When I tell my "coming out" story, I usually tell people about my telling my mother and her response that she'd known since I was in elementary school. Unfortunately, the story is a bit more complicated than that. You see, I was "outed" at school before I even realized I was gay. It's a bit of a long story but that's the gist of it. I didn't know I was gay and hadn't given much thought to my sexual orientation. Someone else suspected. Soon, I was the school lesbian with all the harassment that came along with the designation. Eventually, I realized the rumors were true. I was gay! That was a huge surprise and a major trauma in the "my life as I'd known it was over" kind of way.
As time went on, I embraced my natural butchness, but have never been particularly manly. I still pass quite effectively to some extent. Men still come on to me and are often surprised to be told that I'm gay (even when I'm wearing men's clothes). Apparently, people assume I'm too "pretty" to be a dyke. (Don't get that from either end, but whatever.)
On the other hand, I've often been detected long before doing or saying anything overtly gay. When I moved into the dorm, the rumor immediately went around that a lesbian was moving in. This happened before anyone had spoken to me or my roommate, who knew the first day. I was wearing jeans and a 10,000 Maniacs t-shirt and had hair to the middle of my back. I wasn't "stereotypically" gay-looking, in other words. When I started work at a tourism company, the rumor that the new girl was a lesbian started before I'd had a chance to meet my coworkers. Keep in mind that I wore the same uniform as everyone else, although I did have shorter (but not manly) hair at that point. Again, I wasn't stereotypically gay-looking.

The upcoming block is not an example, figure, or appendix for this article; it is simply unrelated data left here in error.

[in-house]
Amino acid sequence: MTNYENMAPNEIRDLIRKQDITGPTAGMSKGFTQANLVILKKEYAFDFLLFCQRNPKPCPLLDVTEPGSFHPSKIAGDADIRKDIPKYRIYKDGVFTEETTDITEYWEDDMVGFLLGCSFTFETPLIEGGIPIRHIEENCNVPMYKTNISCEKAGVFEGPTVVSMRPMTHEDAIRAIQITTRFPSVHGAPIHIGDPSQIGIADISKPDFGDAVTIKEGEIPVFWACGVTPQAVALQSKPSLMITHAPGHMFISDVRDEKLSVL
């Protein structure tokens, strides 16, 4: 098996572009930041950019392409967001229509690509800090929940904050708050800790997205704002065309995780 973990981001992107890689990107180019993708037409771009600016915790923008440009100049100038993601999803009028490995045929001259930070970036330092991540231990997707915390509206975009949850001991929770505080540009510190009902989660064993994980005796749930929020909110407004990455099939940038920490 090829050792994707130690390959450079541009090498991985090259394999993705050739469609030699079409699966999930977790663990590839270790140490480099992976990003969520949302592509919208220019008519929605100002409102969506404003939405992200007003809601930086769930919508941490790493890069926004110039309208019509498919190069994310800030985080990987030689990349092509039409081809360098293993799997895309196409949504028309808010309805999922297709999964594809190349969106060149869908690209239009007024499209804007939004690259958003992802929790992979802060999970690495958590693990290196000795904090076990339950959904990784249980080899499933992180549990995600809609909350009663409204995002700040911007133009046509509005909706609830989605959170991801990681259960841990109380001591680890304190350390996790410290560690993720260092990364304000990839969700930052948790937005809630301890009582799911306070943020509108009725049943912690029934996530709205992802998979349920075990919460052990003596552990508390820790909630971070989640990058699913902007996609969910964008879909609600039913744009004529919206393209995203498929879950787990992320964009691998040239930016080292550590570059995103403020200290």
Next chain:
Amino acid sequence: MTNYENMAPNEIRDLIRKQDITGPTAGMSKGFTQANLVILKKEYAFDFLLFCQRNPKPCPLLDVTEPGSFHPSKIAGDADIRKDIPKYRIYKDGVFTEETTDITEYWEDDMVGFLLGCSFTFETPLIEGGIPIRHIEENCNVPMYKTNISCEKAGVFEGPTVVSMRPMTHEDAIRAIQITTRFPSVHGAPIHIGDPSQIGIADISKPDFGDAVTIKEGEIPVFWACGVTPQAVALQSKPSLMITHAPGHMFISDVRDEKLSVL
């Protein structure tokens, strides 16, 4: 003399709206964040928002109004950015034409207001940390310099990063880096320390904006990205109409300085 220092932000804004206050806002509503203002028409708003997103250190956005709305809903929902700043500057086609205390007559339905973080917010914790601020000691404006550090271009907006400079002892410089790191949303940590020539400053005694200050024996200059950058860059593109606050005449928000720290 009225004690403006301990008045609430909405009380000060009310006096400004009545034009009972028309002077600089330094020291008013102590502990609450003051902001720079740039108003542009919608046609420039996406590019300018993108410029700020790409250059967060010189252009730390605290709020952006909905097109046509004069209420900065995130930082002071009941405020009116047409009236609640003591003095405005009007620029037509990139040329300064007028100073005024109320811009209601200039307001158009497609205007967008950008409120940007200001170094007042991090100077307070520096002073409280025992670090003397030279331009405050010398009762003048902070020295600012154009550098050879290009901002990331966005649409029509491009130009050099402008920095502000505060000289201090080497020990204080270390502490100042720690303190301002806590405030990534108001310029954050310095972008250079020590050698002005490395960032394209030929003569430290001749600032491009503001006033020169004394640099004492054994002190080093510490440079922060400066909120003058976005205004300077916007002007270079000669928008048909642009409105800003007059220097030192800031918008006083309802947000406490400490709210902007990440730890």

You see what I mean? Less visible not invisible.
Secondly, we oppose the closet, not just because we shouldn't have to hide or because some of us can't, but because it is destructive.
Hiding yourself because some aspect of your identity is deemed repugnant by the greater society can lead to devastating consequences. Hiding leads to shame, loss of self esteem and positive self-image, guilt, overwhelming loneliness, etc., especially since hiding one's sexuality in a hypersexualized society means constantly lying to everyone you know, including those who are supposed to love you unconditionally. This leads you to question whether the people in your life actually love you, whether they would hate you if they knew, and whether any of your relationships are valid or real. These concerns lead to a constant overwhelming fear of being found out and being punished for who you are. These feelings of fear, inadequacy, inferiority and isolation lead to alcohol and drug abuse, unhealthy sexual relationships, self-destructive behaviors, depression, and suicide for far too many LGBT people. (I speak, I'm sad to say, from personal experience.)
Our opposition to the closet, therefore, isn't just a political point or an ideological principle. It's a matter of defending our ability to survive and to live physically and psychologically intact.
Every LGBT person who's ever come out chose to risk rejection, hatred, violence, discrimination and other forms of abuse rather than continue to live in the daily torment produced by the closet. Make no mistake that those risks were real and are too often realized in our daily lives. Think about that and I think you'll understand a little better how horrid the closet really is.
Saturday, June 20, 2009
Strange Friends I Have
My friends are a bit lost trying to find my house, so they just called asking me to look up my GPS coordinates online so they can geocache me. Seriously. I love my crazy friends.
Thursday, June 18, 2009
Gay v. Black
This post is not meant as a pissing contest. However, a lot of people get offended by the comparison of the Gay Rights Movement to the Civil Rights Movement because apparently LGBT people haven't suffered enough. So, I'd like to inform all of you about the suffering of LGBT people throughout American history in comparison to some of the events of African-American history.